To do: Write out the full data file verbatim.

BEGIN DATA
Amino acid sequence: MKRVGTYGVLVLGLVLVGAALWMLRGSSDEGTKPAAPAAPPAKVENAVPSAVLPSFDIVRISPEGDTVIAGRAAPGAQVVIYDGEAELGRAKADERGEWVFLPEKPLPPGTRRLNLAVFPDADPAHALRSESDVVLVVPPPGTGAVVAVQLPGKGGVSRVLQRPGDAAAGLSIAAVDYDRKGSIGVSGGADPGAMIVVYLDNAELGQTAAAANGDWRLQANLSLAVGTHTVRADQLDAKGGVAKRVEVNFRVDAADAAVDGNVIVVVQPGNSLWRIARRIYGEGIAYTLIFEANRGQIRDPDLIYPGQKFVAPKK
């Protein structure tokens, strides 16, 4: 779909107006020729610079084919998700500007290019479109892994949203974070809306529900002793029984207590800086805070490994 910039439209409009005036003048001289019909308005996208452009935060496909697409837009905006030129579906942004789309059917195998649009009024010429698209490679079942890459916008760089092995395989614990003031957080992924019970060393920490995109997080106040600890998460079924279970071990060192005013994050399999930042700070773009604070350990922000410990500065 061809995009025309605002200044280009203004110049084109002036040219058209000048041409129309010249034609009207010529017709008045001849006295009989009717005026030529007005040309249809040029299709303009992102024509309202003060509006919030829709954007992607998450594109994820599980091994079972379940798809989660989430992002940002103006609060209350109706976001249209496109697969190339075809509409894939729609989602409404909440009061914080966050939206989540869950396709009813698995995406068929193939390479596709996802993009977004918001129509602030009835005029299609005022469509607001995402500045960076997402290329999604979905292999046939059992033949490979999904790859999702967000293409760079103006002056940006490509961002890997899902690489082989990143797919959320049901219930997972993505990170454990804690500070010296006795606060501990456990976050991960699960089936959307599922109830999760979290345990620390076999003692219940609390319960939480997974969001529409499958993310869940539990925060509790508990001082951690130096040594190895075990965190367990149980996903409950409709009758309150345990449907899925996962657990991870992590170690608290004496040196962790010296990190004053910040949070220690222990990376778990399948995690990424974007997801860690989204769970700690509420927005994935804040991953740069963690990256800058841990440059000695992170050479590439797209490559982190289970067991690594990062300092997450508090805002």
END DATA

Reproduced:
Amino acid sequence: MKRVGTYGVLVLGLVLVGAALWMLRGSSDEGTKPAAPAAPPAKVENAVPSAVLPSFDIVRISPEGDTVIAGRAAPGAQVVIYDGEAELGRAKADERGEWVFLPEKPLPPGTRRLNLAVFPDADPAHALRSESDVVLVVPPPGTGAVVAVQLPGKGGVSRVLQRPGDAAAGLSIAAVDYDRKGSIGVSGGADPGAMIVVYLDNAELGQTAAAANGDWRLQANLSLAVGTHTVRADQLDAKGGVAKRVEVNFRVDAADAAVDGNVIVVVQPGNSLWRIARRIYGEGIAYTLIFEANRGQIRDPDLIYPGQKFVAPKK
């Protein structure tokens, strides 16, 4: 779909107006020729610079084919998700500007290019479109892994949203974070809306529900002793029984207590800086805070490994 910039439209409009005036003048001289019909308005996208452009935060496909697409837009905006030129579906942004789309059917195998649009009024010429698209490679079942890459916008760089092995395989614990003031957080992924019970060393920490995109997080106040600890998460079924279970071990060192005013994050399999930042700070773009604070350990922000410990500065 061809995009025309605002200044280009203004110049084109002036040219058209000048041409129309010249034609009207010529017709008045001849006295009989009717005026030529007005040309249809040029299709303009992102024509309202003060509006919030829709954007992607998450594109994820599980091994079972379940798809989660989430992002940002103006609060209350109706976001249209496109697969190339075809509409894939729609989602409404909440009061914080966050939206989540869950396709009813698995995406068929193939390479596709996802993009977004918001129509602030009835005029299609005022469509607001995402500045960076997402290329999604979905292999046939059992033949490979999904790859999702967000293409760079103006002056940006490509961002890997899902690489082989990143797919959320049901219930997972993505990170454990804690500070010296006795606060501990456990976050991960699960089936959307599922109830999760979290345990620390076999003692219940609390319960939480997974969001529409499958993310869940539990925060509790508990001082951690130096040594190895075990965190367990149980996903409950409709009758309150345990449907899925996962657990991870992590170690608290004496040196962790010296990190004053910040949070220690222990990376778990399948995690990424974007997801860690989204769970700690509420927005994935804040991953740069963690990256800058841990440059000695992170050479590439797209490559982190289970067991690594990062300092997450508090805002």